The right of a parent to retain the custody of children is a natural but not an inalienable right; the public has a paramount obligation to preserve and to protect the best interests of the children. Rejda v. Rejda, 198 Neb. 465, 253 N.W.2d 295; State v. Tibbs, 197 Neb. 236, 248 N.W.2d 330. It is clear from the record, and virtually undisputed, that the appellants were unable or unwilling to recognize and to discharge their parental responsibilities over a substantial period of time even with appropriate consultation, assistance, and advice. The Juvenile Court properly found that it had been established by a preponderance of the evidence that the appellants had substantially and continuously or repeatedly neglected the children and had refused to give the children necessary parental care and protection, thus bringing them within the terms of section 43-209(2), R.S.Supp., 1976.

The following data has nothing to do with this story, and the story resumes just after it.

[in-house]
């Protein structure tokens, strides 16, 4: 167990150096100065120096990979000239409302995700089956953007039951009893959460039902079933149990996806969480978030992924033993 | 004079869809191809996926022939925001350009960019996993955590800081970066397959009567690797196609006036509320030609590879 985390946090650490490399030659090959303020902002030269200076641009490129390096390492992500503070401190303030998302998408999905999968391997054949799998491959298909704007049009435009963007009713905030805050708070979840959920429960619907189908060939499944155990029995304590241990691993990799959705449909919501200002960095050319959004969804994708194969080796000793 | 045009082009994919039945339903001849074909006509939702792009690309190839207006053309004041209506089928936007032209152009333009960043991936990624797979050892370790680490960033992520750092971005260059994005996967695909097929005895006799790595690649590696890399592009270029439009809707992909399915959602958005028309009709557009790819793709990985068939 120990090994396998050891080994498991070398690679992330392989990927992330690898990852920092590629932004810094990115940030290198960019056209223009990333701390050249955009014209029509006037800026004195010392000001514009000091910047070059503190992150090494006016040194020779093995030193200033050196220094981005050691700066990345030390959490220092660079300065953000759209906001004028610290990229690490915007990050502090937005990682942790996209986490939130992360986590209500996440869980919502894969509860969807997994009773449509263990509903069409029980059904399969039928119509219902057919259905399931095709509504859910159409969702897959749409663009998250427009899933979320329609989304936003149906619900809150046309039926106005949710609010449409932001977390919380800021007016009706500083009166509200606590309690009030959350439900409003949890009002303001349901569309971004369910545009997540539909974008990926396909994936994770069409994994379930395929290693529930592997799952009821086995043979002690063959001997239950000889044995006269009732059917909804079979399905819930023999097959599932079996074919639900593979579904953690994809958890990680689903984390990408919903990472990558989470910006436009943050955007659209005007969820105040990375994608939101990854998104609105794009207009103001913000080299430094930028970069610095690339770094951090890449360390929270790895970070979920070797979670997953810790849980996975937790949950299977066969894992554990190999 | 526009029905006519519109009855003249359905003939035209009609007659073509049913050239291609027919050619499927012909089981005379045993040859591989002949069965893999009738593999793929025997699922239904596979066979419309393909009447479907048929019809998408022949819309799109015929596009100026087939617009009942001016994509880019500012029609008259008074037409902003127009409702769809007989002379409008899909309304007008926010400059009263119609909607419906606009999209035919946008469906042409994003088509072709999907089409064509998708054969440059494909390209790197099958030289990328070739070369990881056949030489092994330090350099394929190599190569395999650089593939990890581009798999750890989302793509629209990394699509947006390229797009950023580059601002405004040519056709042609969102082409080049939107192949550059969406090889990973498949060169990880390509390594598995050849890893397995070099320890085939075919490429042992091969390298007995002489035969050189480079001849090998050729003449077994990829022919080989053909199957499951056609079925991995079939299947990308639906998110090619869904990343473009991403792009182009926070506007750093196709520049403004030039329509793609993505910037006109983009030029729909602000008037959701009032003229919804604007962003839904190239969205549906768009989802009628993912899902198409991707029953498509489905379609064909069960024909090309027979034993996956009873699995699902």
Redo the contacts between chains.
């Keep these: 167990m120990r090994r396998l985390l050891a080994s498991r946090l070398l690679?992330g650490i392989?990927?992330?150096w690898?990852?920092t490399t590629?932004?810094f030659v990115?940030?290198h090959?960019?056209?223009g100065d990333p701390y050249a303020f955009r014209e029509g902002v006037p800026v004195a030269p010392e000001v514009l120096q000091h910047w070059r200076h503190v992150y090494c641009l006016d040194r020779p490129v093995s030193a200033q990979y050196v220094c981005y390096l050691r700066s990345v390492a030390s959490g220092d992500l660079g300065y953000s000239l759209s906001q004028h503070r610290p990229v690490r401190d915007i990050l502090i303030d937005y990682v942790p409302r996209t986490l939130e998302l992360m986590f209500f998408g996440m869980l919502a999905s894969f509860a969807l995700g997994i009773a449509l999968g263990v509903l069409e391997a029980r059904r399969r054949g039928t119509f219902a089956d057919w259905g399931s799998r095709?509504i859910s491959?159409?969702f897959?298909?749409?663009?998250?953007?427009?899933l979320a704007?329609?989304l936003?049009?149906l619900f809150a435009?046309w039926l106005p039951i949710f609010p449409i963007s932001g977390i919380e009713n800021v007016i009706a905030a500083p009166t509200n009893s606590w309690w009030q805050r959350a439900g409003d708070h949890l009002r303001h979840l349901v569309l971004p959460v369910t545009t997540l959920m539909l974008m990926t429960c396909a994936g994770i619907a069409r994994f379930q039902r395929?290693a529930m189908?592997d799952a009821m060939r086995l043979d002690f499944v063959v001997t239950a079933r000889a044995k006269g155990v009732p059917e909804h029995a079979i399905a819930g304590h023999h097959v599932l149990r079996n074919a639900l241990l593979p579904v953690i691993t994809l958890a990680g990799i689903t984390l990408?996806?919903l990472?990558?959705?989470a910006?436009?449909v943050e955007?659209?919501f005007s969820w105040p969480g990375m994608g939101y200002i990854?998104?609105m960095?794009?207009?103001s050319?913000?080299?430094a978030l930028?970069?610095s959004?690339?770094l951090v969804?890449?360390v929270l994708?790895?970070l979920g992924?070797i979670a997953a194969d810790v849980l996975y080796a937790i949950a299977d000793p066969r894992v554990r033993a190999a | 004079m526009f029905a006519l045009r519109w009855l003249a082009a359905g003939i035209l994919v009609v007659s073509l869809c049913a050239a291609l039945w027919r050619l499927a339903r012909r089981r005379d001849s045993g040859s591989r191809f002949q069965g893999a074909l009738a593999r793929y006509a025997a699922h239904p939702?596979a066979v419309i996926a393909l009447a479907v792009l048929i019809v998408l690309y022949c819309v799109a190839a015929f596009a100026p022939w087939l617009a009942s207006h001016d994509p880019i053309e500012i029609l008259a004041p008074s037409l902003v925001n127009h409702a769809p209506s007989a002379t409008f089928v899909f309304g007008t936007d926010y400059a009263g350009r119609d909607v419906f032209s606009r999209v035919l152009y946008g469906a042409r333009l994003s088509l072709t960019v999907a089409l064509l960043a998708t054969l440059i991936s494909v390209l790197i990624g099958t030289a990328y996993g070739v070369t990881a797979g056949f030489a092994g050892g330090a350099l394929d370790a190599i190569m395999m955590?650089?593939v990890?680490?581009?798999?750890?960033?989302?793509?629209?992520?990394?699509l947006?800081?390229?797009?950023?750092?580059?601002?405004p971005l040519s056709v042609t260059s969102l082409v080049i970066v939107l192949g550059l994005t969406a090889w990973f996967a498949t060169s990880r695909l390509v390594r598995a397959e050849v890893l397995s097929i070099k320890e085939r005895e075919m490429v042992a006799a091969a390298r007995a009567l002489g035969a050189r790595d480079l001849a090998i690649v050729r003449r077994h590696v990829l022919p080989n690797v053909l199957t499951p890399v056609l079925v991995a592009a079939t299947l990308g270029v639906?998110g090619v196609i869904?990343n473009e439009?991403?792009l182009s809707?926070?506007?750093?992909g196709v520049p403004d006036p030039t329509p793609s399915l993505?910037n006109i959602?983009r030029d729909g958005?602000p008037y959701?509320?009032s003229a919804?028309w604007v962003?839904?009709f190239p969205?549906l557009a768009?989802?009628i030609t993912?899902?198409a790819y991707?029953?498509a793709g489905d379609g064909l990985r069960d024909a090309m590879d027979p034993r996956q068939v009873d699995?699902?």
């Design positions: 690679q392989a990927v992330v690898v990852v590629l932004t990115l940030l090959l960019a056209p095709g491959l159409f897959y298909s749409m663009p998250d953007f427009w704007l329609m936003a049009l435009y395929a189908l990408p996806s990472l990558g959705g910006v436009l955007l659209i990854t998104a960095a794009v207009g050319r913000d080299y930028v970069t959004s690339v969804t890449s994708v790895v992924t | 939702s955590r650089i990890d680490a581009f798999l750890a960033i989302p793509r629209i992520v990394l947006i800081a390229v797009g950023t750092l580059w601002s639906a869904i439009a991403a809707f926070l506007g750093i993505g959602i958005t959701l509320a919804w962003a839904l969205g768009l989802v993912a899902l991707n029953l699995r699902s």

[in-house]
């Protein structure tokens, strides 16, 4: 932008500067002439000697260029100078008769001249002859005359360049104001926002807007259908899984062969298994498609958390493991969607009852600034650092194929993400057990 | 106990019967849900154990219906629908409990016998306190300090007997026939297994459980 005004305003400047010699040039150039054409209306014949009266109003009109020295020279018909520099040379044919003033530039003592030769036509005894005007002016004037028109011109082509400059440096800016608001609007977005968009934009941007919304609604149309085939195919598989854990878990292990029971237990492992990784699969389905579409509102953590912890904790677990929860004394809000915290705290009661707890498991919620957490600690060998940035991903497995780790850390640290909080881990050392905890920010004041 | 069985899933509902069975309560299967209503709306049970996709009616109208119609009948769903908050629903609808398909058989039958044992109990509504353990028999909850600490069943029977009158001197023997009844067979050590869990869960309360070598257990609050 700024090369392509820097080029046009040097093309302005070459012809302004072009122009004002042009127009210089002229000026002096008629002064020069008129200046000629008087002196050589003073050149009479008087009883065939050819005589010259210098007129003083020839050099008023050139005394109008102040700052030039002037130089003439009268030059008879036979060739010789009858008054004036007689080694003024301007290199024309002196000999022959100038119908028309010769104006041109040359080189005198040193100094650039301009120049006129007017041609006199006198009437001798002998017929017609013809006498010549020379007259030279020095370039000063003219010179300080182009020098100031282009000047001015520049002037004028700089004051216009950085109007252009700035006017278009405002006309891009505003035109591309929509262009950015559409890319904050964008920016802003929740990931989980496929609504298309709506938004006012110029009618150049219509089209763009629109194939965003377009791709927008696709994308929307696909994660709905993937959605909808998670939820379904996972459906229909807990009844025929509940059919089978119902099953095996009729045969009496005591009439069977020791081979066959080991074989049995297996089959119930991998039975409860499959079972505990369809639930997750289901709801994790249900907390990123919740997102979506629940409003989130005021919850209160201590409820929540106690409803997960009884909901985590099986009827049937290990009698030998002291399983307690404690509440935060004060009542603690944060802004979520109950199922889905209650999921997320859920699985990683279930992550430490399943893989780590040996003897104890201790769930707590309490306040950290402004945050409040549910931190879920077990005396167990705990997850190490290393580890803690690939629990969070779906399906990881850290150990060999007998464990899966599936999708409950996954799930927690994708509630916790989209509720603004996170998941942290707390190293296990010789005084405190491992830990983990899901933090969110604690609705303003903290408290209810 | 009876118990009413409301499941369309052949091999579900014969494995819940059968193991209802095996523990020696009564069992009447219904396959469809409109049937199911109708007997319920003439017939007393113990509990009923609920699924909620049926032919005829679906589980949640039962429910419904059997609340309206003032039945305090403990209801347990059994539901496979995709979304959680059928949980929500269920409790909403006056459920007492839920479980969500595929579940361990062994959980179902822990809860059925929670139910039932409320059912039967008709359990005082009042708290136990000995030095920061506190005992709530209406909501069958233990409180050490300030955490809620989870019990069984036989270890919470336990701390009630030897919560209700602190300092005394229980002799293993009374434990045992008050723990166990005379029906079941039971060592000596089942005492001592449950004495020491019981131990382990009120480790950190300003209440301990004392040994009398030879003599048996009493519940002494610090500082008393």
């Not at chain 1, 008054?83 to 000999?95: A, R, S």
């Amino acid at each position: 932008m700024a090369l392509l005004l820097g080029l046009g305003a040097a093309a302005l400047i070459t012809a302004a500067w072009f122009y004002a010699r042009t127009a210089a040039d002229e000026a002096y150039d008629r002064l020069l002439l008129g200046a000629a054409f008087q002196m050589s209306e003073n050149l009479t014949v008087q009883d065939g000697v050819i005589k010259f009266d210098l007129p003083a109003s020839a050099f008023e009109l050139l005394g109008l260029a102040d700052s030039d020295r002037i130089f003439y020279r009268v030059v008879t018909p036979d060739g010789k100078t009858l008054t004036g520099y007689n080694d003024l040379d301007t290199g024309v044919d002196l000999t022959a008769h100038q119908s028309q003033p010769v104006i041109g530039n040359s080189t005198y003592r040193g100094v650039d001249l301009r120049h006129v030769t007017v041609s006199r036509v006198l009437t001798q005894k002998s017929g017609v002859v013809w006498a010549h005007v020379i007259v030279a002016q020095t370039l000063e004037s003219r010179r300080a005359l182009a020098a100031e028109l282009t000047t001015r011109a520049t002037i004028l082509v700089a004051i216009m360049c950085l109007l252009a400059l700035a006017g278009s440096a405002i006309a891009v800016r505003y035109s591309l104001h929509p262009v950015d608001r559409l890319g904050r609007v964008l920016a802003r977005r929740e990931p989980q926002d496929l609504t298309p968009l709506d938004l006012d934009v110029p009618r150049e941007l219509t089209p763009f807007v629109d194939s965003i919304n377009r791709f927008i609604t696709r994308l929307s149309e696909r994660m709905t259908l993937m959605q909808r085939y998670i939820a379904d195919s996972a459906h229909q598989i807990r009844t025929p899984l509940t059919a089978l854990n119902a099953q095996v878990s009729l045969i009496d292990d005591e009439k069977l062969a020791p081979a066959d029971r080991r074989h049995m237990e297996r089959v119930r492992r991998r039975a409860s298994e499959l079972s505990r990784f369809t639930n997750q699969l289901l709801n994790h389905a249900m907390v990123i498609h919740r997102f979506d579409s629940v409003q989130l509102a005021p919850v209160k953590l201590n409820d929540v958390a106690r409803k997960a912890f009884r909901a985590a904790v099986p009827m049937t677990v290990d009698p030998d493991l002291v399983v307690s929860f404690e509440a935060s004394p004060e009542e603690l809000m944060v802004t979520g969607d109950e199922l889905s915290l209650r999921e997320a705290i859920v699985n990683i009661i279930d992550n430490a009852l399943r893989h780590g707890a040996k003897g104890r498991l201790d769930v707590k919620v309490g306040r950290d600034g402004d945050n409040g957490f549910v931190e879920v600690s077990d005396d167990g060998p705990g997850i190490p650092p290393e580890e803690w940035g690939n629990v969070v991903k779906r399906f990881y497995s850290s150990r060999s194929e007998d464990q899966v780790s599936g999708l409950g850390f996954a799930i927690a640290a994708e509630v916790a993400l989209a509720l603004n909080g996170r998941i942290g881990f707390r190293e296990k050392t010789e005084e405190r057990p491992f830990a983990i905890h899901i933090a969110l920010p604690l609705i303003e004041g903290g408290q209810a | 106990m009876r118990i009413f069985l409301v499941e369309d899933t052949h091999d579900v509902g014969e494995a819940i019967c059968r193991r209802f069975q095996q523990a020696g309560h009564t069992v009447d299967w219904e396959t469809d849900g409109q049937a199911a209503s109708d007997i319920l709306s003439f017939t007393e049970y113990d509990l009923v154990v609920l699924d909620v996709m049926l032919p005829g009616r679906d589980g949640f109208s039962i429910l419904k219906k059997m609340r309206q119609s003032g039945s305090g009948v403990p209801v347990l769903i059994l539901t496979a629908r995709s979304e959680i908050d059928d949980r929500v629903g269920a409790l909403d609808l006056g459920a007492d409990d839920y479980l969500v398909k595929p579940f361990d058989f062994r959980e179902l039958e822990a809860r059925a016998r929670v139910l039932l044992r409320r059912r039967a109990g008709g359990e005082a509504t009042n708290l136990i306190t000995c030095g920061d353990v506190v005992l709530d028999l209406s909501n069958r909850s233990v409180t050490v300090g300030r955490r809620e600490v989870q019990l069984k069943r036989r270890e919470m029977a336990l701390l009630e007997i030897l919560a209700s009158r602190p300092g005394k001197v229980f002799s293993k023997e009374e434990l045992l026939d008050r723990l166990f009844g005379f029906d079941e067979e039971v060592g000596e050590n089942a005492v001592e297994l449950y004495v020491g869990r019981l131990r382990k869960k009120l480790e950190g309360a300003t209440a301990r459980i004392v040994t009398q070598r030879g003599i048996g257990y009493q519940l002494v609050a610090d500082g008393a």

The appeal in this case is heard de novo upon the record; this court will give weight to the findings of fact made by the trial court because it heard and observed the parties and the witnesses. Grant v. Doeschot, 189 Neb. 121, 201 N.W.2d 252; State v. Tibbs, supra; State v. A. H., 198 Neb. 444, 253 N.W.2d 283. A review of the entire record shows ample support for the findings of fact and the adjudication by the Juvenile Court.